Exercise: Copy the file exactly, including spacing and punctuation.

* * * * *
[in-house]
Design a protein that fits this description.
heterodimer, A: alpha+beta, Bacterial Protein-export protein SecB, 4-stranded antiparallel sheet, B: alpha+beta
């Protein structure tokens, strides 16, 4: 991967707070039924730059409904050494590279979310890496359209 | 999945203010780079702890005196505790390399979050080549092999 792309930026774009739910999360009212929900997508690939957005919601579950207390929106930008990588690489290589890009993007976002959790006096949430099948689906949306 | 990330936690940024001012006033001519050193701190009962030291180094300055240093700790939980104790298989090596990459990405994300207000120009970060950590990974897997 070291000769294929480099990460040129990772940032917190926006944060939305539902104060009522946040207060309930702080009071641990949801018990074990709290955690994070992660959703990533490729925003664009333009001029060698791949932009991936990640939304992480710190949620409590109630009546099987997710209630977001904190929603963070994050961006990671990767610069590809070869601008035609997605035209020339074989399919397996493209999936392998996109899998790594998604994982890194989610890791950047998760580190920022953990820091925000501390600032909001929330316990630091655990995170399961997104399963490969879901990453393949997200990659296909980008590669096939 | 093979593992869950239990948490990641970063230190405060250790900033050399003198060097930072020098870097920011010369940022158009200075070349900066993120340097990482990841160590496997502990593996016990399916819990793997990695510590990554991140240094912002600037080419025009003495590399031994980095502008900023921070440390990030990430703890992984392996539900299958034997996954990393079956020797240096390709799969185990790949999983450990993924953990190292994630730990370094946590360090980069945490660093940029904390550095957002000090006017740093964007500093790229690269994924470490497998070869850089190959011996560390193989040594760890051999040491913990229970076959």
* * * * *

[in-house]
Design a protein that fits this description.
heterodimer, A: alpha+beta, Bacterial Protein-export protein SecB, 4-stranded antiparallel sheet, B: alpha+beta
């Protein structure tokens, strides 16, 4: 991967707070039924730059409904050494590279979310890496359209 | 999945203010780079702890005196505790390399979050080549092999 792309930026774009739910999360009212929900997508690939957005919601579950207390929106930008990588690489290589890009993007976002959790006096949430099948689906949306 | 990330936690940024001012006033001519050193701190009962030291180094300055240093700790939980104790298989090596990459990405994300207000120009970060950590990974897997 070291000769294929480099990460040129990772940032917190926006944060939305539902104060009522946040207060309930702080009071641990949801018990074990709290955690994070992660959703990533490729925003664009333009001029060698791949932009991936990640939304992480710190949620409590109630009546099987997710209630977001904190929603963070994050961006990671990767610069590809070869601008035609997605035209020339074989399919397996493209999936392998996109899998790594998604994982890194989610890791950047998760580190920022953990820091925000501390600032909001929330316990630091655990995170399961997104399963490969879901990453393949997200990659296909980008590669096939 | 093979593992869950239990948490990641970063230190405060250790900033050399003198060097930072020098870097920011010369940022158009200075070349900066993120340097990482990841160590496997502990593996016990399916819990793997990695510590990554991140240094912002600037080419025009003495590399031994980095502008900023921070440390990030990430703890992984392996539900299958034997996954990393079956020797240096390709799969185990790949999983450990993924953990190292994630730990370094946590360090980069945490660093940029904390550095957002000090006017740093964007500093790229690269994924470490497998070869850089190959011996560390193989040594760890051999040491913990229970076959």